LookBack 150pxFather Fernando Isern, a Cuban-born priest of the Archdiocese of Miami, was appointed fourth Bishop of the Diocese of Pueblo on October 15, 2009 by Pope Benedict XVI. He went on to be installed later that year on December 10, 2009. Bishop Isern made significant contributions to the Church of Pueblo during his tenure. He initiated perpetual adoration at the Shrine of St. Therese and provided an outstanding example of faithfulness through his own habit of adoration. He oversaw completion of and transition to the new pastoral center, and he shepherded the gradual expansion of pastoral and administrative services from the chancery staff to the priests and parishes of the diocese. In his short time in the diocese, Bishop Isern made pastoral visits to all 53 parishes and 44 missions across the 48,000 square miles of the diocese. He brought the fruit of his listening to the priests, deacons, staff and people of the parishes back to the Diocesan Pastoral Council and deaneries. These initiatives stand as a continuing legacy of his leadership. Bishop Isern resigned due to health concerns on June 13, 2013. Almost simultaneously, in an historic move, we saw the resignation of Pope Benedict XVI, quickly followed by the appointment of Pope Francis on March 13, 2013. Bishop Michael Sheridan of the Colorado Springs Diocese was appointed apostolic administrator of the diocese until the time a new bishop could be put in place. He served as administrator from 2013 until early in 2014, when Stephen J. Berg, was installed as the fifth Bishop of Pueblo on February 27, at Memorial Hall in Pueblo.

Berg 150pxBishop Berg was born in Miles City, Montana, the oldest of 10 children. His father was a rural mail carrier and his mother’s chosen profession was nursing, but she was a mother first. Bishop Berg journeyed through a career in music, earning an undergraduate degree in music from the University of Colorado at Boulder and a master’s degree from Eastern New Mexico University. While pursing his music career, he took a job with a nursery chain, Wolfe Nurseries, located in Fort Worth, Texas. Bishop Berg eventually found he had an affinity for the nursery business and enjoyed it, so when the opportunity came to either pursue his doctorate in music or stay in business, he stayed. Bishop Berg had a successful career in the nursery business. But, in his words, “I thought I had sufficient success, but I realized that there was something missing and my life was not heading yet to fulfillment or happiness. I felt a call from God to do something more meaningful with my life.” He began talking with his uncle, Bishop Joseph Charron, about seminary and ultimately was ordained into the priesthood in 1999. He served 15 years as a priest of the Diocese of Fort Worth, six of those years spent as pastor of four rural parishes in North Texas: Henrietta, Bowie, Montague, and Nocona. Eventually Bishop Berg went to work directly for the Diocese of Fort Worth as vicar general and the moderator of the curia, then as administrator of the diocese when Bishop Kevin Vann was moved to the Diocese of Orange, California. He served in that capacity for nearly 11 months before receiving the call around Christmastime in 2013 to come to Pueblo.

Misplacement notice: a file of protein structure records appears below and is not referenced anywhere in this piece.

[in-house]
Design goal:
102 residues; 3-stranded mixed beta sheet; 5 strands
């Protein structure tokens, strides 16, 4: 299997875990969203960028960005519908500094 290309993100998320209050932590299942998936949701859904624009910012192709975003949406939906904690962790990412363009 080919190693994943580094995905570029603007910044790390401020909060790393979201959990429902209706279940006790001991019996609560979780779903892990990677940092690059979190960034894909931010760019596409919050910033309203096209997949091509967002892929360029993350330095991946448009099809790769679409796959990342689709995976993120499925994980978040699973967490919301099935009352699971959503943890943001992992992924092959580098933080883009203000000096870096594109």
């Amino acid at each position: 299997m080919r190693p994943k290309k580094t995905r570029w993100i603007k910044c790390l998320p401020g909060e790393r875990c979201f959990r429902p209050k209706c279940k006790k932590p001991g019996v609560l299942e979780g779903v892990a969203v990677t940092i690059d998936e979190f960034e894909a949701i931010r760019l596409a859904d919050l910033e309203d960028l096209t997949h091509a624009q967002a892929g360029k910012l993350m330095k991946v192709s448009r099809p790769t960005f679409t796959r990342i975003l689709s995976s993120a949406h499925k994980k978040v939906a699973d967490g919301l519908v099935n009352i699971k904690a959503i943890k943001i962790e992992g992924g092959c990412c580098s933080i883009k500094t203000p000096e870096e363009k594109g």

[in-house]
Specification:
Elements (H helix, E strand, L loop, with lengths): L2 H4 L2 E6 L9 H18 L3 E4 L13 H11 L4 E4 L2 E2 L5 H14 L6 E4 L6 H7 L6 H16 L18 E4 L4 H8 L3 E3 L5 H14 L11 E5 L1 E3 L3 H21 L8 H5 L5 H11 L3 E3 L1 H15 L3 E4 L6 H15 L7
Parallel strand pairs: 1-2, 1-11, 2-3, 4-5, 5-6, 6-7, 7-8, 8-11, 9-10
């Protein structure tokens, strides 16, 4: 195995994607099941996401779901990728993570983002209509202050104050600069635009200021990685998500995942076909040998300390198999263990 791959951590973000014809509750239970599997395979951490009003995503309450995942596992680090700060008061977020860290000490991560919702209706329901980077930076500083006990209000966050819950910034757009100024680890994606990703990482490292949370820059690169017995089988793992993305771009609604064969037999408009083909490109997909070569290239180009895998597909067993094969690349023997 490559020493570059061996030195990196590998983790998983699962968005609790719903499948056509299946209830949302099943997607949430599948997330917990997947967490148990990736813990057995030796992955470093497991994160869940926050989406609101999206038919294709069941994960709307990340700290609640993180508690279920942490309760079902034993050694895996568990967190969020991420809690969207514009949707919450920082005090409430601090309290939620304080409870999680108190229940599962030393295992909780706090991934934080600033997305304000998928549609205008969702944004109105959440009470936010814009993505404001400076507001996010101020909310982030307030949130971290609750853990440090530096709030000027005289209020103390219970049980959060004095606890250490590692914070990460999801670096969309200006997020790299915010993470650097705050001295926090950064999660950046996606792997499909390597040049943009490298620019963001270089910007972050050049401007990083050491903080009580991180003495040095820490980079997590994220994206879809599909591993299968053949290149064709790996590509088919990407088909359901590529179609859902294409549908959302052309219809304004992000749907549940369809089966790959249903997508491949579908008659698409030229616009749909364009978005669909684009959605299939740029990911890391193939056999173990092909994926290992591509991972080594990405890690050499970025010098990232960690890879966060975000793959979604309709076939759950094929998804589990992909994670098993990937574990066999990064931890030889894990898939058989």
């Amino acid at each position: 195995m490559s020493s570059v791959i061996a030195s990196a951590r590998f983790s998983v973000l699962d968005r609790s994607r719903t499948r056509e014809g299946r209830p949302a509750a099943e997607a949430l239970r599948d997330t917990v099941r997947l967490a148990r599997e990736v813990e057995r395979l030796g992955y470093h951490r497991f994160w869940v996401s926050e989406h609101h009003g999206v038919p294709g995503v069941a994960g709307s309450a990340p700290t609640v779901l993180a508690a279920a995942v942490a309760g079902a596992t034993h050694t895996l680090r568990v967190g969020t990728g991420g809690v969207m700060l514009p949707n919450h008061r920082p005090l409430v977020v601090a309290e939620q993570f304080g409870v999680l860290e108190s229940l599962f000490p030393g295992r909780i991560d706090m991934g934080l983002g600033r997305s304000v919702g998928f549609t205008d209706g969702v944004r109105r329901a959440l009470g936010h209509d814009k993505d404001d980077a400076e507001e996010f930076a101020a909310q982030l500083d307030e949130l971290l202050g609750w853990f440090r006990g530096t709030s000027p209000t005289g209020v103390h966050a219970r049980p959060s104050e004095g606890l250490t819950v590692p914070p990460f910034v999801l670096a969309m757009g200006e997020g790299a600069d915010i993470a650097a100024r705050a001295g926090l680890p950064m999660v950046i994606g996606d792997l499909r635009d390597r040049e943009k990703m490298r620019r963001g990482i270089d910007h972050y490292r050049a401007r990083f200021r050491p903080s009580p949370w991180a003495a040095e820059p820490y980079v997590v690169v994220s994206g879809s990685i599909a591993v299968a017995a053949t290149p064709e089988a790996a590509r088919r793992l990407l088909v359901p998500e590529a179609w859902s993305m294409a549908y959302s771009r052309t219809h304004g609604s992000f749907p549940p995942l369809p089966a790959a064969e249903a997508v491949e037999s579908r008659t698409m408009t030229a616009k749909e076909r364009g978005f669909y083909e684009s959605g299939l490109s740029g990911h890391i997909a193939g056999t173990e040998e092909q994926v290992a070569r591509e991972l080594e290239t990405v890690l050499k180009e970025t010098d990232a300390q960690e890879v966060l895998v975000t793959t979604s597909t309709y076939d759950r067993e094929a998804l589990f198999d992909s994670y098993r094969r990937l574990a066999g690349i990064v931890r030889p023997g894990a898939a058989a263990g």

Since his installation, Bishop Berg has spent a significant amount of time with the people of the diocese. He has traveled our vast geography extensively and has made concerted efforts to identify how we can grow as a church family. In this third year of his service as bishop of Pueblo, he is preparing to communicate a new strategic plan that will lead us into a new era as “Catholics of Southern Colorado, missionary disciples of Jesus Christ, evangelizing a diversity of cultures by proclaiming the Gospel, celebrating the sacraments, and promoting justice and charity, in service to the people entrusted to our care.“